Joe Biden did not win by as much as I expected. But he has won, and when the votes are counted, he will probably have won by six or seven million votes nationally. He may finish with over 300 Electoral College votes. This was too close for comfort — especially since it looks likely that the Democratic disadvantage in the Electoral College has grown even wider — but a win is a win, and the country really needed this win.
Of course, it feels like Biden really ought to have won, and it shouldn’t have been so close. Donald Trump was never popular. He didn’t win the popular vote in 2016. He didn’t do traditional outreach, pursuing popular initiatives that could win over swing voters and divide the opposition party; instead, he pursued an unpopular agenda, including tax cuts for the rich and a failed effort to repeal the Affordable Care Act. He was, personally, a huge prick. He made no particular effort to develop an image as honest, upstanding, or caring. He engaged in personal behavior — and Twitter behavior — that repelled even a significant chunk of his supporters. And when an enormous public health crisis faced the country, he failed to show the barest level of empathy or focus that could have earned him public goodwill — let alone did he manage the crisis with competence.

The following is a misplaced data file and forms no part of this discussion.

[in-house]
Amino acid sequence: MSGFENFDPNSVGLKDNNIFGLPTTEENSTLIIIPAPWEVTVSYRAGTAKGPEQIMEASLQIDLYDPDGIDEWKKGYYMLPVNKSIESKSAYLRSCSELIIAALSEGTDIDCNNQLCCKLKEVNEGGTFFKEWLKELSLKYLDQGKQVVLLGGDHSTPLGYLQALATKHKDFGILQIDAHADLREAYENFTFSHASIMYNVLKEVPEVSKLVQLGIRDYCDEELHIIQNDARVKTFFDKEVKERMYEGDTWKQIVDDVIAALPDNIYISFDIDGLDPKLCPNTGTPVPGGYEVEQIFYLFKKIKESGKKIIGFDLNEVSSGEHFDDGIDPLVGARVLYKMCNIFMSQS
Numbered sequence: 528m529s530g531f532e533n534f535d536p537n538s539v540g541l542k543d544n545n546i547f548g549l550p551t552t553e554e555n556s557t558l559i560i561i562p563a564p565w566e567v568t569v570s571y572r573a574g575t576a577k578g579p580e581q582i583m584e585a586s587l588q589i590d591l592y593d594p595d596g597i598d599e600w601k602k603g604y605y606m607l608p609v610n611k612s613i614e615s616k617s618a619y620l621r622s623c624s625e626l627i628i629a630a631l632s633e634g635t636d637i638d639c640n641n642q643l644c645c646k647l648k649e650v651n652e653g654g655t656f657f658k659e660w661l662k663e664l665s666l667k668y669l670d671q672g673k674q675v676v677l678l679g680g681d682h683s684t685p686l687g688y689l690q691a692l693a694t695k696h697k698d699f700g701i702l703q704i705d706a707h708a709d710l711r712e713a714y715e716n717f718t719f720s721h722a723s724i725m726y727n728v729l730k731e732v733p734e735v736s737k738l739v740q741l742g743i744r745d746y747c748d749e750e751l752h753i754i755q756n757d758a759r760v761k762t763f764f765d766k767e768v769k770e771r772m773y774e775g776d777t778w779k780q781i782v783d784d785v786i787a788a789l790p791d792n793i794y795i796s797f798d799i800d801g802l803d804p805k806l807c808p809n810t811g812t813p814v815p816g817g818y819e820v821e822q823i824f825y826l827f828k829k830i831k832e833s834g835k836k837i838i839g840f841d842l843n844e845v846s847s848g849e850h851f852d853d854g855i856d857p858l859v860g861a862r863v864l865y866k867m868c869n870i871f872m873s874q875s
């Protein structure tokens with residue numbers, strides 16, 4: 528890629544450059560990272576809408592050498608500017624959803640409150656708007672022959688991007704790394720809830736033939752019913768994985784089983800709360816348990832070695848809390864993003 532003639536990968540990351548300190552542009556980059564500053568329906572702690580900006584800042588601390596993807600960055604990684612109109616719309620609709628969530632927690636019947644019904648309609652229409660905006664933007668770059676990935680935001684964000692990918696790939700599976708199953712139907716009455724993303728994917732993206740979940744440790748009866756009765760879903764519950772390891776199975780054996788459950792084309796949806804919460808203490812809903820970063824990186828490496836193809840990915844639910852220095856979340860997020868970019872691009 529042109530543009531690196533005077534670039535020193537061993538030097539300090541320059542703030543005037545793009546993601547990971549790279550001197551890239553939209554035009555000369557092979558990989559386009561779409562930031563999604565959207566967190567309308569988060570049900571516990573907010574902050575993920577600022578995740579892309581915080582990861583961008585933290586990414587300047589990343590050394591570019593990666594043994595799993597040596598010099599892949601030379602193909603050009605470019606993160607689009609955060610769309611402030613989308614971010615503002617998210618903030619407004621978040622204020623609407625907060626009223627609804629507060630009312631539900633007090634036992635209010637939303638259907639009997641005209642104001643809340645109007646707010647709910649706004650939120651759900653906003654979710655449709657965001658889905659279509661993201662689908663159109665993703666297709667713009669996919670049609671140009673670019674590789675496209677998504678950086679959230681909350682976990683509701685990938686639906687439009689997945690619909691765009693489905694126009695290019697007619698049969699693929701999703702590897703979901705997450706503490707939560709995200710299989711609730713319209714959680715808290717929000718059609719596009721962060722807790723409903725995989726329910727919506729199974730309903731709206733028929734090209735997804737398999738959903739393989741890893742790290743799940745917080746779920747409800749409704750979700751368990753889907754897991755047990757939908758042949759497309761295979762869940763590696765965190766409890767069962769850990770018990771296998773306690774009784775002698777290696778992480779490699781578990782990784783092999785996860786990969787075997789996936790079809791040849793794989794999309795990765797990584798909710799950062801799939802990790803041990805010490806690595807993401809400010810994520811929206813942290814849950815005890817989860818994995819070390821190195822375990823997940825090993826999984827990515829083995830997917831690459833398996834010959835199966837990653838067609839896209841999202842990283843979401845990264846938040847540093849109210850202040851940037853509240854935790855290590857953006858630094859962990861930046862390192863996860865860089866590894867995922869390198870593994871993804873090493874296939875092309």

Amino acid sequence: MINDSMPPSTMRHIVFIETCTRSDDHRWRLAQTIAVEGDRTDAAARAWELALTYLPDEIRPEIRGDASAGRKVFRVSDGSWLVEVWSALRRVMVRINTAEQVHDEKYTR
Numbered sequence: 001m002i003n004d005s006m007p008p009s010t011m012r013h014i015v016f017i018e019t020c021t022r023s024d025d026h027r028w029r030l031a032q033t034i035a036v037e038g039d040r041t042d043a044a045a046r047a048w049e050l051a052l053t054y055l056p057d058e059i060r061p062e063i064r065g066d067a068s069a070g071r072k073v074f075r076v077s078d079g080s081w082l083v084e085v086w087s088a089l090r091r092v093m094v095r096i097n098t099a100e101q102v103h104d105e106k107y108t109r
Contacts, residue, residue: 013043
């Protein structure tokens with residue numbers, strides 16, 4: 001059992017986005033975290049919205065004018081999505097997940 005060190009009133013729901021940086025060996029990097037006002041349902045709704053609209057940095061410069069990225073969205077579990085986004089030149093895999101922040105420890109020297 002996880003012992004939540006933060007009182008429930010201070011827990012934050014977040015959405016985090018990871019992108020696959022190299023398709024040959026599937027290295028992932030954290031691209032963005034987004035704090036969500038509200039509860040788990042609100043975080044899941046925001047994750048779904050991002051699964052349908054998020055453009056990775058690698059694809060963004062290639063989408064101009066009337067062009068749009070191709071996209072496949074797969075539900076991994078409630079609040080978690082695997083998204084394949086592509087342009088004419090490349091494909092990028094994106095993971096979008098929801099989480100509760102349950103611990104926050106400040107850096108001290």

On the other hand, only four elected incumbent presidents have been defeated for re-election in the last 120 years. Unemployment was below 4 percent through 2018 and 2019, and in 2020, surveys showed that the public continued to give the president credit for his handling of the economy, ascribing the economic pain from the coronavirus to external factors. In September, a Gallup poll found 56 percent of respondents said they were better off than they were four years earlier. Defeating an incumbent president in that environment is a remarkable achievement. And the fact that Democratic candidates for Congress mostly ran behind Joe Biden is further evidence that he outperformed the fundamentals, even as he underperformed the polls.
So when I look at this result, my first thought is, thank god we nominated Joe Biden.